At 96 years old, Lupita Palacios is working toward earning her high school diploma. Growing up, she didn’t have much of an interest in school and her parents thought it “was a waste of time.” So young Lupita – a member of an indigenous community in Ocozocoautla in the state of Chiapas – opted out of school. But it was seeing the titles on newspapers – in its bold, black letters – that made her want to learn to read. “I would look for any little thing, seeing if I could decipher [the message,] she told El País. And from there, she became passionate about school. She earned her middle school degree in six months, and now she’s on to the next chapter.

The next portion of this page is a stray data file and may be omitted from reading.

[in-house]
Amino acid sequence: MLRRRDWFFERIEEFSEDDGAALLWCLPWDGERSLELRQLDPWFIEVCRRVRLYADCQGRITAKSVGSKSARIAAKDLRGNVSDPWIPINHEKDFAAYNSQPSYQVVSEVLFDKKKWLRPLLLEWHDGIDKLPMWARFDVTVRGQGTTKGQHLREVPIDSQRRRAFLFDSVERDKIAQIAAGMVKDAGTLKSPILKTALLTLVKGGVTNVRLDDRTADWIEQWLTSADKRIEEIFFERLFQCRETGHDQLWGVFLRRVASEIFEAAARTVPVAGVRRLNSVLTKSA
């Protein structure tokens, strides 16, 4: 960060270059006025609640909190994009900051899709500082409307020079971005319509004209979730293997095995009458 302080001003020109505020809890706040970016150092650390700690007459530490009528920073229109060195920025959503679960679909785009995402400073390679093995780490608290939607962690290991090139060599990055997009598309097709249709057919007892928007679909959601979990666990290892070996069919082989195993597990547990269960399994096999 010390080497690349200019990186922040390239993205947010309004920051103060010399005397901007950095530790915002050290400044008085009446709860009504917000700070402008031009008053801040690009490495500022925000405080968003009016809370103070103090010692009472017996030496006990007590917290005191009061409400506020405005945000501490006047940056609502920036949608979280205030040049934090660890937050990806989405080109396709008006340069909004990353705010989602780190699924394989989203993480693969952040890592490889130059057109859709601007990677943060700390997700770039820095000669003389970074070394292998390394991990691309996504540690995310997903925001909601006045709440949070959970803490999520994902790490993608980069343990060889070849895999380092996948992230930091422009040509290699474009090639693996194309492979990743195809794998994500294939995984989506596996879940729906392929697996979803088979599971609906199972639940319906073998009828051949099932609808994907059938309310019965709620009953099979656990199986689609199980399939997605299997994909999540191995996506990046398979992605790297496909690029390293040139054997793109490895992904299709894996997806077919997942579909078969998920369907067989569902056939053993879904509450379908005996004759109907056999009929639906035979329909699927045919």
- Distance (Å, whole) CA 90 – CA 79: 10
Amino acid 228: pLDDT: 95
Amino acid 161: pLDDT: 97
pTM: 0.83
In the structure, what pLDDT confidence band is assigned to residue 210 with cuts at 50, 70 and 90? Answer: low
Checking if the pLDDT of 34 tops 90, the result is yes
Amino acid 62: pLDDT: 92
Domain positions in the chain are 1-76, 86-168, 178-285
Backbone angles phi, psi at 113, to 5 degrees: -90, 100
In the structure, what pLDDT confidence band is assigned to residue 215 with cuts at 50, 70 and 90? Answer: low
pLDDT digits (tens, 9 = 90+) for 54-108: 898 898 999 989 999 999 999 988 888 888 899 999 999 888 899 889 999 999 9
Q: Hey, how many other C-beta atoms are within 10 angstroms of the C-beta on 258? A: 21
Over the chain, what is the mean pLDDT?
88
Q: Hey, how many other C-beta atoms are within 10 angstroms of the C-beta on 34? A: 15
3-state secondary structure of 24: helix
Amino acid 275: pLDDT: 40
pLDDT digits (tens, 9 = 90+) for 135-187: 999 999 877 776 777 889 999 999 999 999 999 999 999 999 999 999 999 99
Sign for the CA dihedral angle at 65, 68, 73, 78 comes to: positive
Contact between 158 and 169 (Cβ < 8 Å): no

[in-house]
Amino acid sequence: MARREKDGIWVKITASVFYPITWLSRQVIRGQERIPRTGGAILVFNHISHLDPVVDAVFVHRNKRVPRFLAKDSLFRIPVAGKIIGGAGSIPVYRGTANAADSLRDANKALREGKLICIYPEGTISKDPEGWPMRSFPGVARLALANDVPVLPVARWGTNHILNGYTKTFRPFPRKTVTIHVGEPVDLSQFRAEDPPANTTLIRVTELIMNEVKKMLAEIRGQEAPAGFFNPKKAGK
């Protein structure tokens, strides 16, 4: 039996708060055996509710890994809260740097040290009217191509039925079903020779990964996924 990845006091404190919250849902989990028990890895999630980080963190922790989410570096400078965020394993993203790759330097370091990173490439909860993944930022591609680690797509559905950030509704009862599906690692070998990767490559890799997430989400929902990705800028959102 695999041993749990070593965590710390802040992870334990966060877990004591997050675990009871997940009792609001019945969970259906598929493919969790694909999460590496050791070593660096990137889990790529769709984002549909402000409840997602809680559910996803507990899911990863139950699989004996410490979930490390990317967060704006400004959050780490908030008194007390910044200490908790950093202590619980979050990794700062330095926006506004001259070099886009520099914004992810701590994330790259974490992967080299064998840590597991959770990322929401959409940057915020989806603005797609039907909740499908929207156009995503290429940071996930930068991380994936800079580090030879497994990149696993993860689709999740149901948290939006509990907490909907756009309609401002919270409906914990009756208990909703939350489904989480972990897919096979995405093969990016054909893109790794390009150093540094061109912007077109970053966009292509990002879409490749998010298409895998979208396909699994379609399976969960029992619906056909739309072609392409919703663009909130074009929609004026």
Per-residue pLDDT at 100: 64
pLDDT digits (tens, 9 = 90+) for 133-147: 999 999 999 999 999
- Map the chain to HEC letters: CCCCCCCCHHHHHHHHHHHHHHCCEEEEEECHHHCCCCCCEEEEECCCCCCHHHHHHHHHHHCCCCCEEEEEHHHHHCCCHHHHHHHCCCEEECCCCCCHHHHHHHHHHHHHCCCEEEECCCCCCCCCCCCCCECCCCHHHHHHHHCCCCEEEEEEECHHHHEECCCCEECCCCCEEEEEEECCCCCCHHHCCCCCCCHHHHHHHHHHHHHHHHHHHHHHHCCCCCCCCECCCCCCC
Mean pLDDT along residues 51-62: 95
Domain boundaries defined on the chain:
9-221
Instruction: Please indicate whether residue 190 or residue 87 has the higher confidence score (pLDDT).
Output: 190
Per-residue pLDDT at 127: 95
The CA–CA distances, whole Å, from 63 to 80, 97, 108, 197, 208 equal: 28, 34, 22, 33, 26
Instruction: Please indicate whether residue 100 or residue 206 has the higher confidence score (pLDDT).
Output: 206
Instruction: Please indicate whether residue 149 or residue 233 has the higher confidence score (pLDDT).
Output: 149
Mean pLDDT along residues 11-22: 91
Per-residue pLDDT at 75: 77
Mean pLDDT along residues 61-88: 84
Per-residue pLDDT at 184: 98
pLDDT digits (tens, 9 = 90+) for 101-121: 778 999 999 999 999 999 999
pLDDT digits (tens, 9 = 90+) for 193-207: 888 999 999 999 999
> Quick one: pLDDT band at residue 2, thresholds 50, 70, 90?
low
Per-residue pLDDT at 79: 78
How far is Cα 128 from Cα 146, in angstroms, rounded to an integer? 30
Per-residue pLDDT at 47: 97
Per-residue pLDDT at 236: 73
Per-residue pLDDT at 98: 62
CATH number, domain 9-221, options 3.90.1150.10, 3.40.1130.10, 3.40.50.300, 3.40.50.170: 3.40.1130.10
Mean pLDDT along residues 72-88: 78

For Lupita, school has helped her connect with Mexican history. “Through my studies, I can learn the history of Mexico,” she said. “The history of Chiapas that I have personally lived through: the suffering, the failures, and the poverty.” Lupita – who has also learned to write – is an inspiration to her six children and dozens of grandchildren, great grandchildren, and great great grandchildren.

“I feel very good, as you can see,” she said. “As I say, little by little I’m learning to see how I can serve on this holy land at my 96 years of age. No one is going to give me a job… The truth is that I want to keep studying, so that I can keep learning about the ley de la vida.”

Check out a short video profile on her below:

 

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